With the move to get a scheme-flexible coach in Mike McCoy and a quarterback mentor in Bill Musgrave, you have to assume that those decisions were made primarily to get Lynch ready and not Trevor Siemian.

Where a player is or isn't drafted doesn't necessarily reflect on a player's ability (see Tom Brady), but there simply isn’t as much invested in Siemian, especially with a new regime coming in. The Broncos would lose little to nothing if Siemian is the backup this year, whereas, if Lynch flounders and sits another year, it reflects poorly on the front office and the coaching staff.

It’s an even worse scenario if neither player takes a firm grasp on the starter's job, something that is more plausible than people have perhaps given thought to. There's no doubt that Siemian has the respect of the locker room after the beating he took last year, but there also isn’t much to debate that Lynch is the far superior physical talent.

If both player have their shining moments, mixed in with an inability to overcome their weaknesses — Lynch and the mental side of the game and Siemian’s physical limitations — the Broncos are still in the bad spot of having two guys that don’t add up to one competent, complete player.

It’s also hard to say that having a quarterback-by-committee approach is a formula for a winning season as well. The Montana/Young situation is the rare occurrence when both players were future Hall of Famers.

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Most often, though, it’s the opposite — where one player has attributes the other doesn’t and vice versa. It has some merit in the college game but it’s rare to see at the pro level where quarterbacks are shuffled in and out and the team does well.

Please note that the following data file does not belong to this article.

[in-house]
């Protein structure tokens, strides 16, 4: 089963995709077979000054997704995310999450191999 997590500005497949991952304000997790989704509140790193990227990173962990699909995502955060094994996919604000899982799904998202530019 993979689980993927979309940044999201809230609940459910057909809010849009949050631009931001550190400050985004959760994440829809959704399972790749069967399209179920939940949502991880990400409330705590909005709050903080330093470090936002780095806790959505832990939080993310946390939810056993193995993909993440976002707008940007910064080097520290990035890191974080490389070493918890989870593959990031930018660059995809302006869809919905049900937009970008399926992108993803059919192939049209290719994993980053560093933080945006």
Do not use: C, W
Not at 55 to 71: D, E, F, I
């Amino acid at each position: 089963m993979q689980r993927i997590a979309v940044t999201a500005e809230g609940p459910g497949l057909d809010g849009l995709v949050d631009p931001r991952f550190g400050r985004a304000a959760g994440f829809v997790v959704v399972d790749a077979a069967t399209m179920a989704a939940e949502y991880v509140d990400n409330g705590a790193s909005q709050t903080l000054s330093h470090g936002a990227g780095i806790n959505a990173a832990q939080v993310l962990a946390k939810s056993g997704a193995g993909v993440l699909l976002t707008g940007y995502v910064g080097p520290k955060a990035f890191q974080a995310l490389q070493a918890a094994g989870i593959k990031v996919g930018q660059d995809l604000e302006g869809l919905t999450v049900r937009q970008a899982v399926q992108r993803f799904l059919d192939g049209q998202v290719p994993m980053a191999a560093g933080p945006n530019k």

You can’t have two leaders in the huddle and you can’t have good play if you’re going to try and cobble together a legitimate quarterback out of two players. Aside from a guy going down with an injury and someone stepping in to take their place, like Jeff Hostetler once did with Phil Simms, a tag-team job at the QB spot doesn’t work.

Stability starts at the top and the trickle-down effect is evident if it’s not there. One leader needs to stand out among this team’s quarterbacks, or another 9-7 caliber season is coming around the corner, no matter how good the rest of the team is.

Those that don’t learn from history, are doomed to repeat it.

No matter who wins the job out of camp, for the sake of harmony in the locker room, continuity in the front office and success for the new coaching staff, it needs to be just Siemian or just Lynch — but it can’t be both. If one guy can solidify his claim as starting quarterback — sooner rather than later — it would go a long way toward keeping Denver’s window for Super Bowl contention open for at least one more season.


Adam Uribes is an Analyst for Mile High Huddle. You can find him on Twitter @auribes37.

Follow Mile High Huddle on Twitter @MileHighHuddle and on Facebook.